Free 2-Day Shipping on Orders Over $50* – Limited Time Only

Detail Images

  • Western Mountaineering UltraLite Sleeping Bag: 20 Degree Down One Color

Available colors

  • Western Mountaineering UltraLite Sleeping Bag: 20 Degree Down One Color

Western Mountaineering UltraLite Sleeping Bag: 20 Degree Down

$484.95 - $514.95

Free 2-Day shipping on orders over $50*

Select a Size:

Select options
  • Select options
    • 5ft 6in/Left Zip
    • 6ft/Left Zip
    • 6ft/Right Zip
    • 6ft 6in/Left Zip
    • 6ft 6in/Right Zip

    Select a Color:

    Select options
    • One Color
    5.0 5 22

    22 Reviews


    Ultralight and ultra lofty.

    The Western Mountaineering UltraLite Sleeping Bag lives up to its name by keeping your load manageable while still packing in a hefty dose of premium 850-fill down for those chilly nights. A soft taffeta lining caresses trail-weary skin and, thanks to the ExtremeLite shell's breathability, the climate inside of the bag stays comfortable on balmier nights.

    • Breathable, ultra-light, packable, and high-thread-count ExtremeLite shell fabric encases the insulation without adding unnecessary weight
    • Packs 16 ounces of ultra-premium, 850-fill down insulation to retain your body’s warmth and maintain a super-high warmth-to-weight ratio
    • Interlocking draft tubes and a down-filled collar prevent energy-sucking drafts from zapping your slumber
    • Slightly narrower shoulder girth helps eliminate pockets of dead air for improved warmth retention
    • Western Mountaineering bags are made in the USA
    • Item #WES0031

    Tech Specs

    [shell] ExtremeLite, [lining] nylon taffeta
    850+ fill down
    Max User Height
    (short) 5 ft 6 in, (regular) 6 ft, (long) 6 ft 6 in
    Shoulder Circumference
    (short) 59 in, (regular) 59 in, (long) 60 in
    Hip Circumference
    (short) 51 in, (regular) 51 in, (long) 52 in
    Foot Circumference
    (short) 38 in, (regular) 38 in, (long) 38 in
    Fill Weight
    16 oz
    20 F
    Storage Sack
    Stuff Sack
    Stuff Size
    7 x 13 in
    Claimed Weight
    (short) 1 lb 12 oz, (regular) 1 lb 13 oz, (long) 1 lb 15 oz
    Recommended Use
    ultralight backpacking, camping
    Manufacturer Warranty

    Tech Specs

    • Reviews
    • Q & A

    What do you think about this product?

    Have questions about this product?

    Best bag I've ever had and great service

    • Familiarity: I've used it once or twice and have initial impressions

    The first bag I purchased was stolen off my front porch, and Backcountry sent me a new bag and the sea to summit comfort plus pad that was with it immediately, no problem! They were incredibly understanding, it was a huge relief. I took it on a weeklong trip to Costa Rica and it performed fantasticly with nights dropping just below 40 degrees and I woke up cozy, maybe a little sweaty (my fault for not regulating the zipper opening) with no interruption, other than monkeys howling. I aired the bag out on my hammock every morning for about 10 min and there was no funny stink to air out when I got home :) great bag so far!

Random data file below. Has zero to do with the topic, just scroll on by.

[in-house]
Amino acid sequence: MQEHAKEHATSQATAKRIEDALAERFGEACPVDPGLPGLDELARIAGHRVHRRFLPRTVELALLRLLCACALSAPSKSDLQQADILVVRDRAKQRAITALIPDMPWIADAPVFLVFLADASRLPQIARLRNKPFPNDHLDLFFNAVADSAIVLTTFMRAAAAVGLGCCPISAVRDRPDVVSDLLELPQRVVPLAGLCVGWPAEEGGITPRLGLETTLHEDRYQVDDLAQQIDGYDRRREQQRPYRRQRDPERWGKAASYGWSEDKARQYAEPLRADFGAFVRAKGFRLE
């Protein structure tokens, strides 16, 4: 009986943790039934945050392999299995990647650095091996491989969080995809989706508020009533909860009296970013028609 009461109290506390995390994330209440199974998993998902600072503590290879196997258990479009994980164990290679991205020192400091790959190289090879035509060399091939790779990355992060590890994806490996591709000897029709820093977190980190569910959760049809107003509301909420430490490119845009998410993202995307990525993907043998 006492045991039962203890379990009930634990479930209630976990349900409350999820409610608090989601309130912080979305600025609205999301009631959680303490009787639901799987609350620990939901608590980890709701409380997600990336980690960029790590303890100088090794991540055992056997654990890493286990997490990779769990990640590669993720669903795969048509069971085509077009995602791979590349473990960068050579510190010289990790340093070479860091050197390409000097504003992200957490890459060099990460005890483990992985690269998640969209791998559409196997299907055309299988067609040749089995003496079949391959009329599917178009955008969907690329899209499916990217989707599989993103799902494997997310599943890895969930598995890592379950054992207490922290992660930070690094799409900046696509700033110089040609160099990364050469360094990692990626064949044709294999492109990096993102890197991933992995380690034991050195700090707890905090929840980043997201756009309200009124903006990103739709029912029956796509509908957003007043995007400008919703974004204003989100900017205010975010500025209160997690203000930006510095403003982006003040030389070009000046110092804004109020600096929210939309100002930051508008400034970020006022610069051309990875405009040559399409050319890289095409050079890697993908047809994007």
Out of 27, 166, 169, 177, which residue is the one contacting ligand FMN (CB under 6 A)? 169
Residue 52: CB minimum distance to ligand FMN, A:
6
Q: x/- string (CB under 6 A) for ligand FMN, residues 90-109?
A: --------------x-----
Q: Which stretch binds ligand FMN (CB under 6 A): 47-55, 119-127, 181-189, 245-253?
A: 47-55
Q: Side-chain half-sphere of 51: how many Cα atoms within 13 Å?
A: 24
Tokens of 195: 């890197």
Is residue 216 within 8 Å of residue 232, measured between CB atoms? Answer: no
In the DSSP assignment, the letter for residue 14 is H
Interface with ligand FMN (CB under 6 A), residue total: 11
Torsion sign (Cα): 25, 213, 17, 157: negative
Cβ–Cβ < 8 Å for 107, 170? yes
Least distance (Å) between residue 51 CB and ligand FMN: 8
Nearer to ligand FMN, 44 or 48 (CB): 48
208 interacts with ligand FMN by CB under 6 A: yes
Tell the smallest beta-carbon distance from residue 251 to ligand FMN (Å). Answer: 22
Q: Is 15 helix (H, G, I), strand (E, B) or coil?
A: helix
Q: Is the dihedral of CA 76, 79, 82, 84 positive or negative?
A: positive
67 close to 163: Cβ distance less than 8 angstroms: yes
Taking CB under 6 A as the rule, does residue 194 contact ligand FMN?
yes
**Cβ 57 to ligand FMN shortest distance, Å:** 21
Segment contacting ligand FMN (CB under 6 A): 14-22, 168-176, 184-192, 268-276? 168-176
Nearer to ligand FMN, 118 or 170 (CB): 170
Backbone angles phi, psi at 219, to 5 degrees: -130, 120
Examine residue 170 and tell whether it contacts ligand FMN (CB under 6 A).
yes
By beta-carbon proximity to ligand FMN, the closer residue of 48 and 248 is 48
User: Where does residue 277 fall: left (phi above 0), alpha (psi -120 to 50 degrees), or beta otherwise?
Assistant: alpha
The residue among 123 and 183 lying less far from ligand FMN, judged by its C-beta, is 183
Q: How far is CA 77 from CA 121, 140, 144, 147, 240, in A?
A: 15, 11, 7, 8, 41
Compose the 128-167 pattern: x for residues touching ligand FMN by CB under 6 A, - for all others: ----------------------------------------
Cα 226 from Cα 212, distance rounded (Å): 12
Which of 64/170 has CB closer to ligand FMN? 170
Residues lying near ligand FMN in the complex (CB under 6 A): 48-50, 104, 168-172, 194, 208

Amazing Sleeping Bag

    • Familiarity: I've used it once or twice and have initial impressions

    I took this bag for the first time after i bought it on a 22 mile snowshoe up in the BC mountains. We ended up making a quinzee (snow shelter) for 6 people. I used this bag with a neo air xlite mattress beneath me and a wore a down jacket inside. Temps got down to about 14 degrees (-10 c), past the limit of the bag which is 20 degrees. Even with some condensation from the shelter accumulating on the bag i didn't feel cold. It wasn't toasty warm but it was comfortable. I was able to sleep through the night no problem. I am 5'7", 185 lbs with wide shoulders (44") and a side sleeper. This bag doesn't have a ton of room inside but it was big enough for me.

    3 years with the ultralight

    • Familiarity: I've put it through the wringer

    I've had this bag for years now camping across Washington St, Oregon, Montana and Cali. I've used it for summer and winter conditions and couldn't complain one bit. below 30 degrees you can feel the cold if the winds kick up but its true to its 20 degree limit. It's also stood the test of time and kept its warmth over the years.

    Light and Fluffy

    • Familiarity: I've used it once or twice and have initial impressions

    The first thing I noticed when I got this bag is it was incredibly light compared to my old one. I have not gotten a chance to use it as of yet, but will update once I do.

    Update: Got to take it out over the weekend to Capital Reef, temps got down to mid 30's or so, and it was phenomenal compared to my old bag that has lost all its loft. This thing is so warm and comfortable, and I didn't find it constricting at all. Very happy with my purchase.

    This Bag is WARM

    • Familiarity: I've used it once or twice and have initial impressions